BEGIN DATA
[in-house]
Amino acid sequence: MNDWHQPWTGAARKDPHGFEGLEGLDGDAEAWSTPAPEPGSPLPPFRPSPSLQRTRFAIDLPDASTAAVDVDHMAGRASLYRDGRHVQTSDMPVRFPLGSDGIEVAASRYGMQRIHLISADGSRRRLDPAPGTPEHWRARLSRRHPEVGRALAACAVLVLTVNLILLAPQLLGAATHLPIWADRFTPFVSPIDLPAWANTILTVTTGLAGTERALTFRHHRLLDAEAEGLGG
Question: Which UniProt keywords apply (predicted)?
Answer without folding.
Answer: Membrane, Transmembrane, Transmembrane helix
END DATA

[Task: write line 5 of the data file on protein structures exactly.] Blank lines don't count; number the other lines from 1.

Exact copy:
Answer: Membrane, Transmembrane, Transmembrane helix